Florida Paycheck Calculator

Easily estimate take home pay after income tax so you can have an idea of what to possibly expect when planning your budget

Last reviewed on January 29, 2023
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ResultsFlag of Florida, USA

Income Before Tax

Take Home Pay

Total Tax

Average Tax Rate

$ = US Dollar

Net Pay
Total Tax
Estimated Breakdown

Income Before Tax

Federal Income Tax

State Income Tax

State Tax Credits

Social Security


State Disability Insurance

State Paid Family and Medical Leave (PFML)

State Unemployment Insurance

State Worker Comp

State Transit Tax

Mental Health Services Tax

Local Income Tax

Total Tax

Take Home Pay

Federal Deductions

State Deductions

Average Tax Rate


Map of Florida, USA

Enter your employment income into the paycheck calculator above to estimate how taxes in Florida, USA may affect your finances. You'll then get your estimated take home pay, an estimated breakdown of your potential tax liability, and a quick summary down here so you can have a better idea of what to possibly expect when planning your budget.

This paycheck calculator also works as an income tax calculator for Florida, as it shows you how much income tax you have to pay based on your salary and personal details.

To learn more about Florida, its income tax, and tax brackets, so that you can get a deeper understanding of how your budget and finances may be affected, scroll down to the detail section below!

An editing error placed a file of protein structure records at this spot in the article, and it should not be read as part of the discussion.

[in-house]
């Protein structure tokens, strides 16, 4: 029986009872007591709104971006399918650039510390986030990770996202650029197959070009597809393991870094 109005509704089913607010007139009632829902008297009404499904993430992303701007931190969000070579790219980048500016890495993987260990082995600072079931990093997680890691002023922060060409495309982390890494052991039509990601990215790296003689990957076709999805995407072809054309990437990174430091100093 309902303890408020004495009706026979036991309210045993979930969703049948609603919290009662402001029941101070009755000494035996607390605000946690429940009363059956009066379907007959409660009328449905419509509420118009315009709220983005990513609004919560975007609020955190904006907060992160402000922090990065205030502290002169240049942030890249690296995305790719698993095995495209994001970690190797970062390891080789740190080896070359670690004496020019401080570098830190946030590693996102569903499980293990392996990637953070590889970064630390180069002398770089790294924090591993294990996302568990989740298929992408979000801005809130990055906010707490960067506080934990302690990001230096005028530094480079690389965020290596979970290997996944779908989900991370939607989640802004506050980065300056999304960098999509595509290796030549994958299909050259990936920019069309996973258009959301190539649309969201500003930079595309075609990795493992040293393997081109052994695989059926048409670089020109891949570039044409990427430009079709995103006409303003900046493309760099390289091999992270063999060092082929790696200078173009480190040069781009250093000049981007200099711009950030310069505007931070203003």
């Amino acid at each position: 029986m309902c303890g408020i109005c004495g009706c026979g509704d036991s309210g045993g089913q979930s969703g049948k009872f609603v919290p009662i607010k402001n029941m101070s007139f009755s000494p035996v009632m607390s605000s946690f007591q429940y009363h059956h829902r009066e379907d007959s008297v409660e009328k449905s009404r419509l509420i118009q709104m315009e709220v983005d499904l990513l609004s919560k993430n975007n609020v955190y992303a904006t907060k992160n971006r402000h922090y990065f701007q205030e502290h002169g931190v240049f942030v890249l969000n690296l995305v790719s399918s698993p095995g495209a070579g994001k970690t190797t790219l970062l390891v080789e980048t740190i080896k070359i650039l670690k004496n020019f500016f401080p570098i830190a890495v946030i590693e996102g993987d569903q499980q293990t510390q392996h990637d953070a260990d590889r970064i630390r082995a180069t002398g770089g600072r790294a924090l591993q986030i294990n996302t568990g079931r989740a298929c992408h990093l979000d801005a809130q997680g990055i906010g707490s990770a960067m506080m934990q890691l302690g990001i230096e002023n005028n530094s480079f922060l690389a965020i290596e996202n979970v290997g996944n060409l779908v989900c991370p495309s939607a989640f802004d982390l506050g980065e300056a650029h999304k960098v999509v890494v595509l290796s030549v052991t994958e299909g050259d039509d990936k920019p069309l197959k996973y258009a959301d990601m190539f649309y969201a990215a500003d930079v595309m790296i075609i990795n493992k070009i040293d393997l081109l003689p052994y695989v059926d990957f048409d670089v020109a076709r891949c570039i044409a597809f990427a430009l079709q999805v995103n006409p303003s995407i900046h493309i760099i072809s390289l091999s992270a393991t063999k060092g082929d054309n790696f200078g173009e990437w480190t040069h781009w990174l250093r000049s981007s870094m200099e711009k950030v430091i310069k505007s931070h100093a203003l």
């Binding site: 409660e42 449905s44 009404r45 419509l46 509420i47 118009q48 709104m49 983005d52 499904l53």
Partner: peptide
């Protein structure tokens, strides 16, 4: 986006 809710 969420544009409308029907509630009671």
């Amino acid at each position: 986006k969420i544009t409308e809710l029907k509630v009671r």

Frequently Asked Questions

What is the income tax rate in Florida?

The state income tax rate in Florida is 0% while federal income tax rates range from 10% to 37% depending on your income. This paycheck calculator can help estimate your take home pay and your average income tax rate.

How many income tax brackets are there in Florida?

Florida does not have a state income tax so there are no tax brackets. However, there are still tax brackets for federal income tax. For more details, check out our detail section.

How Your Florida Paycheck Works

Welcome to the Sunshine State, where the crystal-clear waters, warm sandy beaches, and endless sunshine make it a paradise for residents and tourists alike. Whether you're strolling down the palm-lined streets of Miami, exploring the theme parks of Orlando, or relaxing on the Gulf Coast, there's no shortage of things to do and see in Florida.

But while you're enjoying all that the state has to offer, have you ever stopped to wonder how the paychecks work in this sunny corner of the country? From taxes to deductions, there are a few things to know about getting paid in Florida, so let's dive in and explore the ins and outs of how paychecks work here.

First and foremost, your employer will withhold various amounts from your paycheck, but one thing you won't see is state income tax. That's right, zero state tax on income.

Florida is one of the few states that offers this perk. This means that you will not see any state income tax subtracted from your paycheck, which can make a big difference in your take-home pay compared to other states. Additionally, no cities here charge a local income tax either, so you don’t have to worry about that too.

However, just because Florida does not have a state income tax does not mean that you will not pay any other taxes on your paycheck.

The federal government levies taxes on your income based on your filing status, income level, and applicable tax brackets. When you start a job, you have to fill out Form W-4, which tells your employer how much to withhold from your paycheck for federal income tax. If you ever have a change in your circumstances or want to adjust your withholding amount, you can re-submit a new Form W-4 anytime.